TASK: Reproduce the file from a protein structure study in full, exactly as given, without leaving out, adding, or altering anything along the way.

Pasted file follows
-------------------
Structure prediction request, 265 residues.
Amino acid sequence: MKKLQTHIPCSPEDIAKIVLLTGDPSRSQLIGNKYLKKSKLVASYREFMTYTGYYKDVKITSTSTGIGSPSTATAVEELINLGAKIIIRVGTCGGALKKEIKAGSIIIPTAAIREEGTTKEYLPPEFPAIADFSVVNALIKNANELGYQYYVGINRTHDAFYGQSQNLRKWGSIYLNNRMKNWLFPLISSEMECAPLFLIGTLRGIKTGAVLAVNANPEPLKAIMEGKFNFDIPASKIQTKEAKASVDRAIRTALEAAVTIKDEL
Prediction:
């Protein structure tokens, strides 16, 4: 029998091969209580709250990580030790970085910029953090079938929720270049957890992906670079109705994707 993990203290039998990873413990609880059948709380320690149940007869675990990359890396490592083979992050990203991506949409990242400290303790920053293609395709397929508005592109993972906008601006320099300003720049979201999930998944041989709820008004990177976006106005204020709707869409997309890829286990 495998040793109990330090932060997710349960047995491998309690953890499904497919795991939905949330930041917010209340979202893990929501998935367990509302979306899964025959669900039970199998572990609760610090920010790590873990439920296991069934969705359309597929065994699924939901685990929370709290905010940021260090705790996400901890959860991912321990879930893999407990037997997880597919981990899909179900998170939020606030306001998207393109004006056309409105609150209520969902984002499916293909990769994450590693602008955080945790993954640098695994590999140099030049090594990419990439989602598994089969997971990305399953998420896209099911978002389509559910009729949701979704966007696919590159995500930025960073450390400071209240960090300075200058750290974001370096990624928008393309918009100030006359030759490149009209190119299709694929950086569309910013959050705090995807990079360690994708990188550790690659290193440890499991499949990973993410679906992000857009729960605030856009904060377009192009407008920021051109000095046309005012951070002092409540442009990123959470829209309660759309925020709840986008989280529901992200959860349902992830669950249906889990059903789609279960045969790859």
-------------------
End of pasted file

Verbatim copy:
Structure prediction request, 265 residues.
Amino acid sequence: MKKLQTHIPCSPEDIAKIVLLTGDPSRSQLIGNKYLKKSKLVASYREFMTYTGYYKDVKITSTSTGIGSPSTATAVEELINLGAKIIIRVGTCGGALKKEIKAGSIIIPTAAIREEGTTKEYLPPEFPAIADFSVVNALIKNANELGYQYYVGINRTHDAFYGQSQNLRKWGSIYLNNRMKNWLFPLISSEMECAPLFLIGTLRGIKTGAVLAVNANPEPLKAIMEGKFNFDIPASKIQTKEAKASVDRAIRTALEAAVTIKDEL
Prediction:
């Protein structure tokens, strides 16, 4: 029998091969209580709250990580030790970085910029953090079938929720270049957890992906670079109705994707 993990203290039998990873413990609880059948709380320690149940007869675990990359890396490592083979992050990203991506949409990242400290303790920053293609395709397929508005592109993972906008601006320099300003720049979201999930998944041989709820008004990177976006106005204020709707869409997309890829286990 495998040793109990330090932060997710349960047995491998309690953890499904497919795991939905949330930041917010209340979202893990929501998935367990509302979306899964025959669900039970199998572990609760610090920010790590873990439920296991069934969705359309597929065994699924939901685990929370709290905010940021260090705790996400901890959860991912321990879930893999407990037997997880597919981990899909179900998170939020606030306001998207393109004006056309409105609150209520969902984002499916293909990769994450590693602008955080945790993954640098695994590999140099030049090594990419990439989602598994089969997971990305399953998420896209099911978002389509559910009729949701979704966007696919590159995500930025960073450390400071209240960090300075200058750290974001370096990624928008393309918009100030006359030759490149009209190119299709694929950086569309910013959050705090995807990079360690994708990188550790690659290193440890499991499949990973993410679906992000857009729960605030856009904060377009192009407008920021051109000095046309005012951070002092409540442009990123959470829209309660759309925020709840986008989280529901992200959860349902992830669950249906889990059903789609279960045969790859």